5 June 2003
source of allergens in the indoor environment. Many people are allergic to dust
mites, insect parts, etc.
Appropriate treatment of allergic symptoms due to exposure to
fungal allergens includes removal of the source of the allergy. This means
abatement of visible mold where identified, correction of water incursion
problems, and searching the air handling systems in the work area to ensure that
any mold is removed. In cases of serious allergic conditions such as
hypersensitivity pneumonitis and asthma suspected due to work exposure,
consider removal from the work area pending abatement.
MOLD PREVENTION TIPS. The EPA Publication Mold
Remediation in Schools and Commercial Buildings provides recommendations to
prevent mold, such as:
Fix leaky plumbing and leaks in the building envelope as soon as
Watch for condensation and wet spots. Fix source(s) of moisture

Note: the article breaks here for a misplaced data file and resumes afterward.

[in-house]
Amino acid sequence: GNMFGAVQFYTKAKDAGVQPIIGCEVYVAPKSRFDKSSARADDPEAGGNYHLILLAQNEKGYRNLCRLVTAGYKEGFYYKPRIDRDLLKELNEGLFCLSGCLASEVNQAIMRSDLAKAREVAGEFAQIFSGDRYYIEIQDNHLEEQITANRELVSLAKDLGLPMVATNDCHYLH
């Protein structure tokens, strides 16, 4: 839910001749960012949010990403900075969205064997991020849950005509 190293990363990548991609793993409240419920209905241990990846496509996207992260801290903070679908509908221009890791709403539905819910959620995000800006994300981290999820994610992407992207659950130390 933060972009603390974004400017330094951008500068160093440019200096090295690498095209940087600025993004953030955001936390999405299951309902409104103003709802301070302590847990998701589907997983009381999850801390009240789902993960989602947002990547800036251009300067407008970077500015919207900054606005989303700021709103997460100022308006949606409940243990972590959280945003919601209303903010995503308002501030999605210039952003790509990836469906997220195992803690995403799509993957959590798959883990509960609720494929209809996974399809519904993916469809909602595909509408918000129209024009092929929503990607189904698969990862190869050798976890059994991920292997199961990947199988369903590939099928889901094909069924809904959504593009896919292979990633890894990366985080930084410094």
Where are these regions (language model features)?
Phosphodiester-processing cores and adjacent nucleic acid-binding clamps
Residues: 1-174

problem(s) as soon as possible.
Prevent moisture due to condensation by increasing surface
temperature or reducing the moisture level in the air (humidity). To
increase surface temperature, insulate or increase air circulation.
To reduce the moisture level in air, repair leaks, increase ventilation
(if outside air is cold and dry), or dehumidify (if outdoor air is warm
Keep heating, ventilating, and air-conditioning (HVAC) system drip
pans clean, flowing properly, and unobstructed.
Vent moisture-generating appliances, such as dryers, to the
Maintain low indoor humidity, below 60% relative humidity (RH),
ideally 30-50%, if possible.
Perform regular building and HVAC inspections and maintenance
Clean and dry wet or damp spots within 48 hours.
Don't let foundations stay wet. Provide adequate drainage and
slope the ground away from the foundation.